The interim director of University Security and Safety Affairs at Kentucky State University may have falsified information on her application, according to multiple officials from Newport News, Va.
On her application, obtained by The State Journal through an open records request, Belinda Baker claims she retired from the Newport News Police Department in 2005.
However, news articles and testimonies from officials and others connected to the situation tell a different story.
Baker, hired Feb. 8 following the Feb. 7 termination of former Chief of Police Stephanie Bastin, was indicted on a felony fraud charge in 2005 for making a false application for public assistance.
The charge stemmed from an investigation into dozens of public employees who filed Disaster Food Stamp claims after Hurricane Isabel swept through the area in 2003.
While no record of the arrest, indictment or disposition exists in Newport News Circuit Court records, the information was located in the LexisNexis court database.
According to the record, the case was filed April 11, 2005, and Baker was arrested April 14, 2005. The court reached a disposition of not guilty/acquitted on March 21, 2006.
Newport News Circuit Court Clerk Rex Davis said the record could have been expunged – which would explain the absence of a paper trail in the court system – but there’s no way to know for sure.
“If the Commonwealth decides not to prosecute the case, the person is eligible to petition the court to have it expunged,” Davis said via phone.
Sherri Lovelle was supervisor of fraud for the Department of Social Services in 2005 and “basically handed (prosecutors) the case on a silver platter,” according to a source who asked not to be named for fear of a lawsuit.
Lovelle died in July 2012, but the source said the fact that many of the cases were never prosecuted aggravated her enough that it eventually contributed to her departure from the department.
“She was furious,” he said.
“She wanted everybody to go to jail. It was deliberate fraud.”
But others said legal prosecution was never pursued because of informal negotiations – being fired in exchange for a clean record.
Shirley Culpepper, former director of the Newport News social services agency, told the Daily Press in 2005 that being fired is sufficient punishment for alleged fraud.
That may have been the case for Baker.
Kim Lee, spokeswoman for the city, confirmed four officers from the Newport News Police Department were fired Feb. 14, 2005, in relation to the fraud investigation, according to an article published Feb. 17, 2005, in the Daily Press.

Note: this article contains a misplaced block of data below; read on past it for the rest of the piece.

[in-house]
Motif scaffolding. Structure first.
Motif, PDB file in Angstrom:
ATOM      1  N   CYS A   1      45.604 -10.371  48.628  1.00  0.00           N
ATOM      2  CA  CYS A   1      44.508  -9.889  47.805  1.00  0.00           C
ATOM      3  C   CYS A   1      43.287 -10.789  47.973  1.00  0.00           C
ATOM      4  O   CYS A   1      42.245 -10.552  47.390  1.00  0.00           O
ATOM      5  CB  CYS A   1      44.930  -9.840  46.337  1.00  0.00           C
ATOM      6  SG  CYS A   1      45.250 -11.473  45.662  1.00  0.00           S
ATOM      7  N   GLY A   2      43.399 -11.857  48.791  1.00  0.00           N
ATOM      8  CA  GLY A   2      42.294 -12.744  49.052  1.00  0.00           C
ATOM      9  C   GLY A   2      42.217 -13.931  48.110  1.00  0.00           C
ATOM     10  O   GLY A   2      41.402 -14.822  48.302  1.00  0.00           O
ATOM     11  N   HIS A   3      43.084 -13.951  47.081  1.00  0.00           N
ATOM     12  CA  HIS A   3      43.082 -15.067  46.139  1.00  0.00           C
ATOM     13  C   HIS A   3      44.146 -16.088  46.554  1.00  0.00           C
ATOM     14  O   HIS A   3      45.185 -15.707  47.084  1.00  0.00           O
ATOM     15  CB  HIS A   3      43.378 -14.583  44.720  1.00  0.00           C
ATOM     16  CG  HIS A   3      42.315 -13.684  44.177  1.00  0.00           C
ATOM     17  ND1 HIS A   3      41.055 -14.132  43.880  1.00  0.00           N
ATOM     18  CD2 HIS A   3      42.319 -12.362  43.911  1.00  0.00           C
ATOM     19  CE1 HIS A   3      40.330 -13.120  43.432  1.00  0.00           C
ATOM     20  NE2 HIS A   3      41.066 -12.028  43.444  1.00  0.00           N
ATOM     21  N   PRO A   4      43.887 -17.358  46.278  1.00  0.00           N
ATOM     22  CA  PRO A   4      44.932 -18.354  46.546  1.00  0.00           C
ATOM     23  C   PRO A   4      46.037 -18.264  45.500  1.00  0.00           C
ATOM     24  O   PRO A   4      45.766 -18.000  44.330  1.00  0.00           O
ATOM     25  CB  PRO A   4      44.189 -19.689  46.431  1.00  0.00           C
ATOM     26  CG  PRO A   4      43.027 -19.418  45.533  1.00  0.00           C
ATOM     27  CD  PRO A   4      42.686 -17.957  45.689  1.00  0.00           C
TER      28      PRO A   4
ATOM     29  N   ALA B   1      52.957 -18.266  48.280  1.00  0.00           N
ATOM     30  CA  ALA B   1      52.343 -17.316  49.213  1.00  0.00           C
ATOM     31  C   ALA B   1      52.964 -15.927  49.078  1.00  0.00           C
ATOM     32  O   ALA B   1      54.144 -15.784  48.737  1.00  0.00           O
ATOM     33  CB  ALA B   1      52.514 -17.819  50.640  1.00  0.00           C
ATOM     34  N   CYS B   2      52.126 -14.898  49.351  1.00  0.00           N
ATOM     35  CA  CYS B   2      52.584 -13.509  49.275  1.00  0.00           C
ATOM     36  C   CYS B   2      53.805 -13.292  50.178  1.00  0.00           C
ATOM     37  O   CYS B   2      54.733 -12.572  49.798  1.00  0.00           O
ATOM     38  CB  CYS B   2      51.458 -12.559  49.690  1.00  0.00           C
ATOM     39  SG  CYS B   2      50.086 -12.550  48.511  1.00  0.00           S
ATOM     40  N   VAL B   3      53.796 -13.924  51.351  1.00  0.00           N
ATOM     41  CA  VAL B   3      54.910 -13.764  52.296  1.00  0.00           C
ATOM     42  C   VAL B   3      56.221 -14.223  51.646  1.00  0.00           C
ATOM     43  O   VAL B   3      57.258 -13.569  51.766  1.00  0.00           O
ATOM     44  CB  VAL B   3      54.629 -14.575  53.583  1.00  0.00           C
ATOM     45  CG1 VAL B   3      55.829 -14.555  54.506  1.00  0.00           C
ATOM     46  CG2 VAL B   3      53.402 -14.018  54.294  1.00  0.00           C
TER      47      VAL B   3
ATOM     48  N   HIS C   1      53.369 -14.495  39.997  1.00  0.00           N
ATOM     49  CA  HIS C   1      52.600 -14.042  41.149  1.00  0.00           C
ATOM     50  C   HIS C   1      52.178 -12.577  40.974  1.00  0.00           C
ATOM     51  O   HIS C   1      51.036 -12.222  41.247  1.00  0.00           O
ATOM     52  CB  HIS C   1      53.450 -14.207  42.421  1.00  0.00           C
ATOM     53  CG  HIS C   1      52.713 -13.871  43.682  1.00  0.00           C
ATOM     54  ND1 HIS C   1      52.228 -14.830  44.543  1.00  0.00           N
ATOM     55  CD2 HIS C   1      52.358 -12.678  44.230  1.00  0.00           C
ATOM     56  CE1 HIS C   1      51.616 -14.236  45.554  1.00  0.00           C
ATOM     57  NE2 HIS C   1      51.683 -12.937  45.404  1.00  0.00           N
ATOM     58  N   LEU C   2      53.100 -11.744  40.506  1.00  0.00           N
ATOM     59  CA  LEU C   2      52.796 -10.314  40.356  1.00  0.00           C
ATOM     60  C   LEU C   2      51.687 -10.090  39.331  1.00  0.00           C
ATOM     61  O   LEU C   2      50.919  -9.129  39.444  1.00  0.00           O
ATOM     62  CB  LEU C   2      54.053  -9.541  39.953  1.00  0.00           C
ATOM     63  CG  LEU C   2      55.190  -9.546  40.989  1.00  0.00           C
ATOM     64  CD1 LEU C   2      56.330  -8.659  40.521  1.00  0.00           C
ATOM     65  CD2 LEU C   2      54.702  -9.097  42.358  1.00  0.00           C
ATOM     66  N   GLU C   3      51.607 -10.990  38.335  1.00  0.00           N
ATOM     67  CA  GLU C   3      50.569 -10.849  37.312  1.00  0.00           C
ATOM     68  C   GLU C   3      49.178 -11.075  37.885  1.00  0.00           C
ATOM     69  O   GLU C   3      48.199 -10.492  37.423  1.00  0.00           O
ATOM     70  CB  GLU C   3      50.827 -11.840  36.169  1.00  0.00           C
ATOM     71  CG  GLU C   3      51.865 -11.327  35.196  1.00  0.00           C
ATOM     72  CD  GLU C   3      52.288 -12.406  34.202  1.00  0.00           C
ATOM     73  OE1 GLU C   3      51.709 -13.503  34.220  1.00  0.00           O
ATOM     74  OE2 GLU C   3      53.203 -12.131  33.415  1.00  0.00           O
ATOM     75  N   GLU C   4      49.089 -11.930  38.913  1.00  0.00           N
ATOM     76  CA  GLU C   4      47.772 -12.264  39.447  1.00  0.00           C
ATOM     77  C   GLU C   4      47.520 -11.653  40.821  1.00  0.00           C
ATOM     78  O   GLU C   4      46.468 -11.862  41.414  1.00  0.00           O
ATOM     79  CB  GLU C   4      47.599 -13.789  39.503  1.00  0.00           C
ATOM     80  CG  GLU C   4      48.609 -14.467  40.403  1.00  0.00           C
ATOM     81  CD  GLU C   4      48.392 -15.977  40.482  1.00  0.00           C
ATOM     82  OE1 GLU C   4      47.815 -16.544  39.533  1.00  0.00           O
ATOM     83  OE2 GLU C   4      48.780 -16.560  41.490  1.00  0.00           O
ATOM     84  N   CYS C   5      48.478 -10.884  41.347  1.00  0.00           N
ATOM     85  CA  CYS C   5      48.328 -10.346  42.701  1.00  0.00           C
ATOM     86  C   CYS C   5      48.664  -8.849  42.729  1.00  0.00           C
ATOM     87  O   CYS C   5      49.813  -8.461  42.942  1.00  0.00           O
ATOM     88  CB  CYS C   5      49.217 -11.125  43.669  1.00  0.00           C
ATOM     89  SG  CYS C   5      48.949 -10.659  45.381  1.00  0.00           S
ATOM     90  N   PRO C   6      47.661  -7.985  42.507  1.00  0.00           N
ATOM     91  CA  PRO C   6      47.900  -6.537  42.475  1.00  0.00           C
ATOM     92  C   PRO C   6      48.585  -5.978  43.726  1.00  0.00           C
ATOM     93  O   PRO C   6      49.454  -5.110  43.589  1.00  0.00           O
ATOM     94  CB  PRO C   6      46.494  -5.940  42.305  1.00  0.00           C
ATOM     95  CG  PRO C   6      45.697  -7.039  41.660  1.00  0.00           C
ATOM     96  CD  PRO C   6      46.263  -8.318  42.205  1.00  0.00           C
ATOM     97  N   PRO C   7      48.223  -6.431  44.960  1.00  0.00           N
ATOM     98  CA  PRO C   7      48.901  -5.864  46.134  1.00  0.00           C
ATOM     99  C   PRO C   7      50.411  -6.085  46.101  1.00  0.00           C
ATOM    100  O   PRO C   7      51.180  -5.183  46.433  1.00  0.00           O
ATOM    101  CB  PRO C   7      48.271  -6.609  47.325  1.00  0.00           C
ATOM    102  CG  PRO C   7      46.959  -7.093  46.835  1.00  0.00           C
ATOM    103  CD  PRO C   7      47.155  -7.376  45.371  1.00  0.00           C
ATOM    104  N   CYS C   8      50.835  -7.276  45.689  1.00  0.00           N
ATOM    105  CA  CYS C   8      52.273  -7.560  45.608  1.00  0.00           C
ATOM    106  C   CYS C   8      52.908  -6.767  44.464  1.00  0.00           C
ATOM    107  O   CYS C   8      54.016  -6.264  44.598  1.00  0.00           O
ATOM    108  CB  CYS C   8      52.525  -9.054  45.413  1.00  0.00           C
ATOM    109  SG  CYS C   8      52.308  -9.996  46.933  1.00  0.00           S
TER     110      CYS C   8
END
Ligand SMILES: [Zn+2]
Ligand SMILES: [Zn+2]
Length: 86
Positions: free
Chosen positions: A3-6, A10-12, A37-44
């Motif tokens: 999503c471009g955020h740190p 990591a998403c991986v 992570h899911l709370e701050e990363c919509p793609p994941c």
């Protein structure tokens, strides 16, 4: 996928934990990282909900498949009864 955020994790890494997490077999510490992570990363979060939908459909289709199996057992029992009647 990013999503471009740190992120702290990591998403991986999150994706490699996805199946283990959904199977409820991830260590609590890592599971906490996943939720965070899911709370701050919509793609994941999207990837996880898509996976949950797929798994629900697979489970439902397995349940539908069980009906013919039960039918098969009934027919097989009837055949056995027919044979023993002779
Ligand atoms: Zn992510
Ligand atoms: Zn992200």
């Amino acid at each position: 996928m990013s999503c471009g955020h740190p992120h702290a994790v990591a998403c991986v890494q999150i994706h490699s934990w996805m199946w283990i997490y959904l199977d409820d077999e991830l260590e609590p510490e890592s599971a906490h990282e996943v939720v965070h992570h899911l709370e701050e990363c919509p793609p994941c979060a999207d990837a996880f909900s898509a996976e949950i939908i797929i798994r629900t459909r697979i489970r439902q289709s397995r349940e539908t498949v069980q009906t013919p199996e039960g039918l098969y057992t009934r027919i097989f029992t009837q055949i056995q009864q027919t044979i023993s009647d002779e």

When contacted by The State Journal, Lee said she no longer has notes from 2005 and cannot confirm the accuracy of the Daily Press article or that four officers were fired. Additionally, she said she generally refrains from using the term “fired” because Virginia’s Freedom of Information Act exempts personnel files from public view.
She was able to confirm the dates of Baker’s employment.
“I can tell you that Belinda Baker’s employment with the City of Newport News ended Feb. 14, 2005,” Lee said in an email.
An official employed by the Newport News Police Department, contacted earlier this week through the former Daily Press reporter who covered the situation, also confirmed Baker was among the officers fired in what is informally referred to as the “Valentine’s Day Massacre.”
He said Baker filed a grievance against the termination, but he believes the action was upheld.
Sue Houser, an official within the Newport News Human Resources Department, said even if an employee is fired, it does not necessarily mean the decision cannot be retracted later to allow the employee to retire – but it’s uncommon.
“It’s not really as black and white and cut and dry as you and I would like,” Houser said over the phone. “The answer is, unfortunately, anything is possible.”
Even if Baker was fired and later reached an agreement with the police department to retire, the retirement would not typically be permitted based on the rules of the retirement system.
Virginia’s Law Officers’ Retirement System allows law enforcement officers to retire at age 50 after 25 years of service for full benefits, or after five years of service for reduced benefits. Baker was 45 when she left the Newport News Police Department.
A retired Newport News detective, also contacted through the Daily Press reporter, said Baker is not on the list of official police retirees.
Even individuals hired on an interim appointment are subject to a mandatory pre-offer background check, according to KSU hiring procedures. However, the document does not call for employment verification.
Baker was reached at her office Feb. 26, but referred all questions to KSU spokeswoman Felicia Lewis.
The State Journal sent several questions to Lewis, asking whether Baker would like to comment on the felony indictment or the apparent discrepancy on her application.
Lewis, on behalf of the university, issued the following statement:
“The university had anticipated a long process of soliciting and hiring for the position (of) Director of University Security and Safety Affairs at the time Ms. Belinda Baker was brought onboard. Ms. Baker’s efforts as interim director are focused primarily on the stabilization of current operations. The university has no further comments.”
Reached for comment Friday morning, KSU President Mary Sias told The State Journal she was not aware of the apparent discrepancy.